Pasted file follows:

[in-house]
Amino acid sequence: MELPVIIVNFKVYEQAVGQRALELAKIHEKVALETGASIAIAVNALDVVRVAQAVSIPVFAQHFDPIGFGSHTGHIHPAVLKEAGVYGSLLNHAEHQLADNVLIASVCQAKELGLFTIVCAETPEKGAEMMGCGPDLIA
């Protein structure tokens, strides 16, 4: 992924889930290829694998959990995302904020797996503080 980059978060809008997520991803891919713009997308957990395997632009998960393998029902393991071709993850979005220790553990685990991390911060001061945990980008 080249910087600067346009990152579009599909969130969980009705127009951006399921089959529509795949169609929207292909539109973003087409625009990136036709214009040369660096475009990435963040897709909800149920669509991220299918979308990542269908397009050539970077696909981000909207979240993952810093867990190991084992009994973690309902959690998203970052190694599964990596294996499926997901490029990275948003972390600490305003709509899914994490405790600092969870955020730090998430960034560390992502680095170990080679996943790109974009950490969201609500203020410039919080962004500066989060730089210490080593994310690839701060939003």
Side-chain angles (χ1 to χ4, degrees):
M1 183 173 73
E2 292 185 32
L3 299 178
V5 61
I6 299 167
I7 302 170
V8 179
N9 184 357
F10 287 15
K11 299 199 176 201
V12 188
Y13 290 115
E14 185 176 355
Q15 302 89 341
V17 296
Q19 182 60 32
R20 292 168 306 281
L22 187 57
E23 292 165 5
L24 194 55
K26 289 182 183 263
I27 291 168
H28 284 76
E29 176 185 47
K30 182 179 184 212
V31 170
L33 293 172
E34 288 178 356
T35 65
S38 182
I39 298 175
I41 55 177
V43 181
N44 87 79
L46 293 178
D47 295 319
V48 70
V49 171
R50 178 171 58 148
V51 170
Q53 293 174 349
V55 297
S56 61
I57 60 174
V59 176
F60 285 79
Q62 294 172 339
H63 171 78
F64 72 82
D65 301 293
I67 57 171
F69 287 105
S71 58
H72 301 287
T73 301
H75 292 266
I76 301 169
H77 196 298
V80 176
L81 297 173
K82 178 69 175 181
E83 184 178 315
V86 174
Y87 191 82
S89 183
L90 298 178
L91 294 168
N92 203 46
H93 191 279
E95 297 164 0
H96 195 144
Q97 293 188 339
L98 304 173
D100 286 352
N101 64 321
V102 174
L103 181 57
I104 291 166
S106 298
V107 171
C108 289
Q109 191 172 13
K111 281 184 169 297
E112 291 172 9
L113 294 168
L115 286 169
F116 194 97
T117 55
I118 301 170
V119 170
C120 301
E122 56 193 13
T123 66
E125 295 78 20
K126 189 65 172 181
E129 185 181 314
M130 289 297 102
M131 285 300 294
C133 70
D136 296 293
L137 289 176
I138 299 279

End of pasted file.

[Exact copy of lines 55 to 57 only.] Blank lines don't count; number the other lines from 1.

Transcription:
I67 57 171
F69 287 105
S71 58